Andre Malraux was a French novelist, historian, and statesman who served as a minister under President Charles de Gaulle in the 1950s and 1960s.
In this simple statement lies an entire philosophy of effective and successful management and leadership. This is one of those Zen-like principles – the more you consider it, the broader and deeper are its applications.
The question is, “Who is one serving while commanding?” One who is in command is actually serving
- The organization (by making it successful and lasting)
- Its people (by giving them a worthy purpose, professionally rewarding jobs, and the financial means to earn a higher standard of living)
- Its customers, clients, or beneficiaries (by providing them superior products and services, which in turn improve their very quality of life).
A leader-executive who knows that to command is to serve will always put the best interests of the group, its people and its clients/customers ahead of any other consideration. Simply knowing and adopting this attitude will cause any leader-executive to make better and wiser decisions.
A leader who truly accepts this principle will always strive to do the right thing in all situations – for the best of everyone concerned.
Duty of Leaders
To command is to serve is the attitude and philosophy that leads to exceptional leadership, management and success – both short term and long term.
When a leader-executive genuinely has this attitude, it shows in every decision, every action and every word spoken and written. There is a presence about such a leader, an indomitable force, and a purity of positive purpose that communicates loud and clear to everyone. People are inspired by such a leader, they are drawn to such a leader, and they are happy to follow him or her.
These, in turn, create long term success for the business and every individual in it.
How Leaders Serve Their Organizations
- Serving an organization in the context of leadership demands that the leader do everything possible for the good of the organization and its people, stockholders, investors and clients/customers.
- Serving the organization as its leader could mean being tough as nails if a situation calls for that as being the best course of action.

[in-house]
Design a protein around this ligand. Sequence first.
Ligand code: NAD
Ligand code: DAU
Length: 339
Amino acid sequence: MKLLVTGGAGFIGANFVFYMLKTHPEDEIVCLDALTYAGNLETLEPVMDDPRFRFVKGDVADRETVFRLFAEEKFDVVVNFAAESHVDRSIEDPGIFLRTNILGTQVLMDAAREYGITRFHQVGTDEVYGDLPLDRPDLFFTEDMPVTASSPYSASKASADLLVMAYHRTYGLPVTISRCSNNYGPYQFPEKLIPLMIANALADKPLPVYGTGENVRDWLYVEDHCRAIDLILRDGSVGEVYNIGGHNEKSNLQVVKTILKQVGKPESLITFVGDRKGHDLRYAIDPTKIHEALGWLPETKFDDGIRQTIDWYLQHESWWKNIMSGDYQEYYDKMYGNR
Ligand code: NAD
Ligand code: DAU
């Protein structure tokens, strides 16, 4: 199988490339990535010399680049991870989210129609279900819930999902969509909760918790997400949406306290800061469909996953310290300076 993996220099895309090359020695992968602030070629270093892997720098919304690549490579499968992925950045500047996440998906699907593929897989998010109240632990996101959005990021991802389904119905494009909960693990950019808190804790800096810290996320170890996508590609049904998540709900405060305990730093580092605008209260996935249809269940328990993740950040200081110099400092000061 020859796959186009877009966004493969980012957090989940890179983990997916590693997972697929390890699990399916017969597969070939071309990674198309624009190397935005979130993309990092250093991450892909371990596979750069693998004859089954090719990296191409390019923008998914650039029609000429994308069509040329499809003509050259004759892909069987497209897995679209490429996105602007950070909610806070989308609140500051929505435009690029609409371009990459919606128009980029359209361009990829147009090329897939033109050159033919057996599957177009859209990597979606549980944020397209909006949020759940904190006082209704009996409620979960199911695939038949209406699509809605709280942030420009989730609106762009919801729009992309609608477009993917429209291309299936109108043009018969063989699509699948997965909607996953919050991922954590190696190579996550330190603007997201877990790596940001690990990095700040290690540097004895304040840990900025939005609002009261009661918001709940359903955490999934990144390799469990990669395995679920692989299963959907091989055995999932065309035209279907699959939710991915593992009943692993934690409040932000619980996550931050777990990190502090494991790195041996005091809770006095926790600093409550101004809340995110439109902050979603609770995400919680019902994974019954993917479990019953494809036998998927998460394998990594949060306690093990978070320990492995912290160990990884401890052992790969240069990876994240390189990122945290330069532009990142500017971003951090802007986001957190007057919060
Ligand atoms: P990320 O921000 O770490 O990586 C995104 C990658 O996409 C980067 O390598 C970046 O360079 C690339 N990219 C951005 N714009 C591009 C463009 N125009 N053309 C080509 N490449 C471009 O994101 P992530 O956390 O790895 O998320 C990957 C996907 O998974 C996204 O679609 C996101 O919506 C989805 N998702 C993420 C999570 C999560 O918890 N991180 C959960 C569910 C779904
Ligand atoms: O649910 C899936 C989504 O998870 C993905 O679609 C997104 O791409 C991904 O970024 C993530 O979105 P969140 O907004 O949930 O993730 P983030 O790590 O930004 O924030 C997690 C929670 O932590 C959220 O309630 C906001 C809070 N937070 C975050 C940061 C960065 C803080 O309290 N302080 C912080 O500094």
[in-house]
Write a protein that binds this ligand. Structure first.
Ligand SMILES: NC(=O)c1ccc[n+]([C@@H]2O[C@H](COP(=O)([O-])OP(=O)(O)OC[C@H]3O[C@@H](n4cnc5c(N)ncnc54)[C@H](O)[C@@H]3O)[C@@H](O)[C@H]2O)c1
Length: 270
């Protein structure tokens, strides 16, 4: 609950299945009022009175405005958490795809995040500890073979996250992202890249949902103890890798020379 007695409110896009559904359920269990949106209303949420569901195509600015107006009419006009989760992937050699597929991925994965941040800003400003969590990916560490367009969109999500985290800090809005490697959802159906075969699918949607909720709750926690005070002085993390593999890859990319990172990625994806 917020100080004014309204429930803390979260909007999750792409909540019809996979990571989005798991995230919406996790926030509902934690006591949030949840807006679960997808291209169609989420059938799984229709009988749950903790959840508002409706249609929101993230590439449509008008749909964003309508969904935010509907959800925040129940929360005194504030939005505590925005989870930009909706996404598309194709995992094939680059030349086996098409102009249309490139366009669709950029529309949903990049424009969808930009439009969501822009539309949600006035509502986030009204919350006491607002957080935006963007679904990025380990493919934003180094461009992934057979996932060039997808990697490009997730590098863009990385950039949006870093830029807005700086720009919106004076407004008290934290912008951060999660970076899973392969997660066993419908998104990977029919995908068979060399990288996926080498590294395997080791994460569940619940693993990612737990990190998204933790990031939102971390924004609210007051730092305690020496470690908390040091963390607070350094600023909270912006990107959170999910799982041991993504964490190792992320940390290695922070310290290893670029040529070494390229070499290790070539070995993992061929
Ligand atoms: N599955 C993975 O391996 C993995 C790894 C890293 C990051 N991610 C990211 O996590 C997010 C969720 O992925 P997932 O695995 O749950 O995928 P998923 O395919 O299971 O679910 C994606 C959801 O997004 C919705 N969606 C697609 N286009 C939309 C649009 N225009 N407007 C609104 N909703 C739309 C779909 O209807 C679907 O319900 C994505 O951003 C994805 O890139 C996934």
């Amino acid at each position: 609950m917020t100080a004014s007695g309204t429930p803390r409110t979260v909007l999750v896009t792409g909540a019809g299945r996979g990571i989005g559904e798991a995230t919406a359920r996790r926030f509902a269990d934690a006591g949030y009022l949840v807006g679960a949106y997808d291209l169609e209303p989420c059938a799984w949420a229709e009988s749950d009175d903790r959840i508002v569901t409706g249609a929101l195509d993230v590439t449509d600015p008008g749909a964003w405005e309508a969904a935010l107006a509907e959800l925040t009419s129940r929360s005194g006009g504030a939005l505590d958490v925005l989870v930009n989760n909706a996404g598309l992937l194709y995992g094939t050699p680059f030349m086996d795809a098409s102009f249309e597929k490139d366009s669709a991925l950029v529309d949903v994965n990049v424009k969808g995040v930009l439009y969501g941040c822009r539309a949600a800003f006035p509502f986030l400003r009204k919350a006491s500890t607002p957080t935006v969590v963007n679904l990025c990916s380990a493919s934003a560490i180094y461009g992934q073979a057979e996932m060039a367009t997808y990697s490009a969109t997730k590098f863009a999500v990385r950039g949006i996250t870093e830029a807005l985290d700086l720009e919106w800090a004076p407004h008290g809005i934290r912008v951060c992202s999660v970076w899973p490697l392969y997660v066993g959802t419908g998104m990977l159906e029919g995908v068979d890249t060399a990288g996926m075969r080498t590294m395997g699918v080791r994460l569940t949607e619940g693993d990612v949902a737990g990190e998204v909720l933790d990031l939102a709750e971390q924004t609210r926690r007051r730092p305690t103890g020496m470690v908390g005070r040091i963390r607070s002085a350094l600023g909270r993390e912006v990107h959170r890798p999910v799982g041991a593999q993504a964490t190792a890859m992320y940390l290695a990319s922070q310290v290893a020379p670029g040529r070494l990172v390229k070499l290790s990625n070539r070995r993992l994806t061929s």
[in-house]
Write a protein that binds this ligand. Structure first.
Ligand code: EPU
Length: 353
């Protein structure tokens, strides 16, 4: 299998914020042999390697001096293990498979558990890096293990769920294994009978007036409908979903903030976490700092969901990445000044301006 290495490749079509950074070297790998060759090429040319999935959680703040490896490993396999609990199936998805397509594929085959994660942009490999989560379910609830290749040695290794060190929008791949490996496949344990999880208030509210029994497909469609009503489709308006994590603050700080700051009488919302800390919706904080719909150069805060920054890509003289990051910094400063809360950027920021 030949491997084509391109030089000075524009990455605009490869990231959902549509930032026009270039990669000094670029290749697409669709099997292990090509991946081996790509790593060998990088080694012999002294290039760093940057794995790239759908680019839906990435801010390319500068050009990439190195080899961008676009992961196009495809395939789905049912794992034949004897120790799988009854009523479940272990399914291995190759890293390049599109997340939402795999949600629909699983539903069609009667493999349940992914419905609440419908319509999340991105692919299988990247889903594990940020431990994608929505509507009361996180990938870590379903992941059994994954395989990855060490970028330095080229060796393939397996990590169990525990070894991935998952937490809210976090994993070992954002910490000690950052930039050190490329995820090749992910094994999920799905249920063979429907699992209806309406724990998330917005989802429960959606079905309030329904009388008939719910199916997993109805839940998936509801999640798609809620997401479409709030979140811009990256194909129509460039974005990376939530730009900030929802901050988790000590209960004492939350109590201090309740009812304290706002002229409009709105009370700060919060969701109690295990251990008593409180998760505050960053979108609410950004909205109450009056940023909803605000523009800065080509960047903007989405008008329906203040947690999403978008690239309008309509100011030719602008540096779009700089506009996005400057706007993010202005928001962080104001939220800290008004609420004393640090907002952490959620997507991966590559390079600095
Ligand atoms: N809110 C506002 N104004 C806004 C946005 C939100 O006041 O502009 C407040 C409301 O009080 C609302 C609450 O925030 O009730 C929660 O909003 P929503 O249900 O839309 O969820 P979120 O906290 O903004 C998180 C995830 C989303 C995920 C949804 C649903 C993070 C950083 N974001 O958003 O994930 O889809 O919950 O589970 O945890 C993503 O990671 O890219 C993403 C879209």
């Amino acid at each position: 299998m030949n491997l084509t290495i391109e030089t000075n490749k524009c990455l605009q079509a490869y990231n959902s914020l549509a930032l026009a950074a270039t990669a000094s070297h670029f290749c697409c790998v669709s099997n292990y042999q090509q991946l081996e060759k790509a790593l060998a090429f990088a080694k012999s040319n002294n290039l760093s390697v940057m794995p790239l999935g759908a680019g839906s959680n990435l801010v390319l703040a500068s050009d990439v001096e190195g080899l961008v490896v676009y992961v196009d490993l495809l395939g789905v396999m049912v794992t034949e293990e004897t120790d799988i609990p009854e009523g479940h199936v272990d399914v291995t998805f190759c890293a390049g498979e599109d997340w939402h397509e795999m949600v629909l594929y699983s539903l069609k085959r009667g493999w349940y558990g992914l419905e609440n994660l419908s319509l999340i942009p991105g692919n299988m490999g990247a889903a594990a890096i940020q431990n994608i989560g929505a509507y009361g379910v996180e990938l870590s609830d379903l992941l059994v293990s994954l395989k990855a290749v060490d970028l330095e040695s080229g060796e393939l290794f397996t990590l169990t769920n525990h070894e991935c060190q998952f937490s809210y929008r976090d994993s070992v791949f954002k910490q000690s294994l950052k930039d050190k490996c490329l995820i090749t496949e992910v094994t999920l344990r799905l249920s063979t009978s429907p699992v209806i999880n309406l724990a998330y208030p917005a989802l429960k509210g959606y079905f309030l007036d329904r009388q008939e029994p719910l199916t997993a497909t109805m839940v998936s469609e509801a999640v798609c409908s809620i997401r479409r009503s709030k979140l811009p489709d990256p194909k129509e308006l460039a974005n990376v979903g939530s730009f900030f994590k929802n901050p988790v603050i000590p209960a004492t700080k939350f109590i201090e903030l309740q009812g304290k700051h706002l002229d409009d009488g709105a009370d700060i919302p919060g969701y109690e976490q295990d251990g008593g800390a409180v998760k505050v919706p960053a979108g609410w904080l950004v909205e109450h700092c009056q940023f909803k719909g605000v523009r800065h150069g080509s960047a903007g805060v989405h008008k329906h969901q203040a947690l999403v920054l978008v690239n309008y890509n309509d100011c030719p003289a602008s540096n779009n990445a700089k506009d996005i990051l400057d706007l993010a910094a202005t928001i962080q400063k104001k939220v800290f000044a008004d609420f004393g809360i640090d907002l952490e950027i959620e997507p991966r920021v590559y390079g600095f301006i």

- It could mean terminating anyone who is incompetent, detrimental or counter-productive since it is always best for an organization to weed out such people.
- Commanding to serve could mean driving and challenging the team to come up with innovations, better ideas or solutions to problems, as well as empowering, developing and encouraging people.
- It could mean demanding only the best from everyone and insisting everyone operate at only the highest standards.
- It could mean disagreeing with everyone else and forcing everyone to go in a different direction because that is the correct direction in which to go.
- Commanding to serve could mean disrupting the status quo as needed and transforming the business as the leader thinks best.
To command is to serve means any or all these things, and much more as well.
Being a Leader for Personal Gain
All too often, people in leadership or command positions use those positions to further their own agendas, to further their own personal gains. A person who leads with this attitude and intent will not always do what is best for the organization. The decisions and actions taken by such a person will be taken on the basis of What is best for me? Such a leader can still produce some successes and good results for the business – up to a point. Very often, though, this type of executive will sacrifice greater, long term success for short term gains.
If an executive or manager is more intent on his or her own personal gain than that of the company, there can be occasions when decisions and actions will not be in the organization’s best long term interests.
Here are five possible “personal gain” scenarios:
- An executive holds back the development of a very capable employee – or all the people in his or her area – because the executive views this person as a potential rival for his or her management job or higher executive levels. This decision hurts both the employee(s) and the business because the business loses the potential benefits of having a capable person (or people) grow and develop into an even more capable executive.